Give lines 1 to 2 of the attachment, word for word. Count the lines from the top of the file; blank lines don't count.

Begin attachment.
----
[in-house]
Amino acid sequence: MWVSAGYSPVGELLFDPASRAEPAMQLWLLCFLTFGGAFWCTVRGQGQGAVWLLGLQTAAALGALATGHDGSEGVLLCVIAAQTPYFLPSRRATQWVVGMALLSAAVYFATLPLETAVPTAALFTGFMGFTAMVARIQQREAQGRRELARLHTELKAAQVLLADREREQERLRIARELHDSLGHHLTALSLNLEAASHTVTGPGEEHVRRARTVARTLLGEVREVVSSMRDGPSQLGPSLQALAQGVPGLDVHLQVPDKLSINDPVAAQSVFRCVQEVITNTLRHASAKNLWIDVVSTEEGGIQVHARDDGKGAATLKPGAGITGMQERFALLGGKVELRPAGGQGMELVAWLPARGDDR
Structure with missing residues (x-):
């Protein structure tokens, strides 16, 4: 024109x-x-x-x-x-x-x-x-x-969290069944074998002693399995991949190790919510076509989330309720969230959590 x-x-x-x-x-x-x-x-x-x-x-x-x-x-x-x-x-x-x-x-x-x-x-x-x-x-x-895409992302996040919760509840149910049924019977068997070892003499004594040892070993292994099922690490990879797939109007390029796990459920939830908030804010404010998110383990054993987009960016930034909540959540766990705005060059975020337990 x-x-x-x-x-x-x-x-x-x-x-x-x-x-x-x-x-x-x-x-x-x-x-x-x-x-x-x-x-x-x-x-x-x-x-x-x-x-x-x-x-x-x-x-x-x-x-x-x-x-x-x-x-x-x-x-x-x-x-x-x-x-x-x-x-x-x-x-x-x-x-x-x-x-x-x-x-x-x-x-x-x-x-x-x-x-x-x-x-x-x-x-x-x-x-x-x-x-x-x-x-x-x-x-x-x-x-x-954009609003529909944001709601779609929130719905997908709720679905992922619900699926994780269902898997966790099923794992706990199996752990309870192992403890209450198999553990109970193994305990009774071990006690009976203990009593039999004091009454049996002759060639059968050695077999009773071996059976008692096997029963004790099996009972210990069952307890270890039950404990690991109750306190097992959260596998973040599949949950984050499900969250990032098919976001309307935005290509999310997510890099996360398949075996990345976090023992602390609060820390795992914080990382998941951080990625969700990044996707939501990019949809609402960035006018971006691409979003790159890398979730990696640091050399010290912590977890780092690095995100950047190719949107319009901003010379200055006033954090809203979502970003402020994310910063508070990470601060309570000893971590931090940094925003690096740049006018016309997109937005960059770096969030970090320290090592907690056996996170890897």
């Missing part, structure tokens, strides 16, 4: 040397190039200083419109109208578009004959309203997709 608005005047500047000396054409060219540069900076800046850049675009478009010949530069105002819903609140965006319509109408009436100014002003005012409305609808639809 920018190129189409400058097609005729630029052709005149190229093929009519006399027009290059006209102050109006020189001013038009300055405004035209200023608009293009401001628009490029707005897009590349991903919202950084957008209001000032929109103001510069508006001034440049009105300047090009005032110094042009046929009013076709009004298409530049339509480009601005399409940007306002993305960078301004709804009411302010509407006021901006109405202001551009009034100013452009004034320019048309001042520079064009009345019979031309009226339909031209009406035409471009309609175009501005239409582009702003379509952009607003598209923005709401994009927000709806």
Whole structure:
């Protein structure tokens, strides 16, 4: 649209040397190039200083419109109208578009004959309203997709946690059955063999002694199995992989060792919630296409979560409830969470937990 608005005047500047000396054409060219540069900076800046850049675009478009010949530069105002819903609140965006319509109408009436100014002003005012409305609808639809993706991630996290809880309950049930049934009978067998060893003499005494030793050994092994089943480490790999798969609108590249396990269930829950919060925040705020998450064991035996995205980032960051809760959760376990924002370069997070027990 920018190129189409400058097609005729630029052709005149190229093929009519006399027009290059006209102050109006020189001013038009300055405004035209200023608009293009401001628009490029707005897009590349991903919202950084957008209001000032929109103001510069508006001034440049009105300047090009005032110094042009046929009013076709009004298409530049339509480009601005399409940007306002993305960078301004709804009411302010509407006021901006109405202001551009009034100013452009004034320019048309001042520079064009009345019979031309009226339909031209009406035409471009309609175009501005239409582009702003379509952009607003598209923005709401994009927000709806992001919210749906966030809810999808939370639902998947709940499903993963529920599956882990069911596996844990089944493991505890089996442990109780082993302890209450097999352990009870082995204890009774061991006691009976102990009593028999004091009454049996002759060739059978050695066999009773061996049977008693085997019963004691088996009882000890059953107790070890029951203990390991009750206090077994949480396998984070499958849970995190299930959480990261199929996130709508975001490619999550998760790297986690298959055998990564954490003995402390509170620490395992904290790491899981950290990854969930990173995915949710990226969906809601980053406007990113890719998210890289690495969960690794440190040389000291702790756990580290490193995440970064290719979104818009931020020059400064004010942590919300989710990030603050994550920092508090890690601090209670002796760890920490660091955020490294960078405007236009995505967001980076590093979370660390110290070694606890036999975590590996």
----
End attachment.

[in-house]
Amino acid sequence: MWVSAGYSPVGELLFDPASRAEPAMQLWLLCFLTFGGAFWCTVRGQGQGAVWLLGLQTAAALGALATGHDGSEGVLLCVIAAQTPYFLPSRRATQWVVGMALLSAAVYFATLPLETAVPTAALFTGFMGFTAMVARIQQREAQGRRELARLHTELKAAQVLLADREREQERLRIARELHDSLGHHLTALSLNLEAASHTVTGPGEEHVRRARTVARTLLGEVREVVSSMRDGPSQLGPSLQALAQGVPGLDVHLQVPDKLSINDPVAAQSVFRCVQEVITNTLRHASAKNLWIDVVSTEEGGIQVHARDDGKGAATLKPGAGITGMQERFALLGGKVELRPAGGQGMELVAWLPARGDDR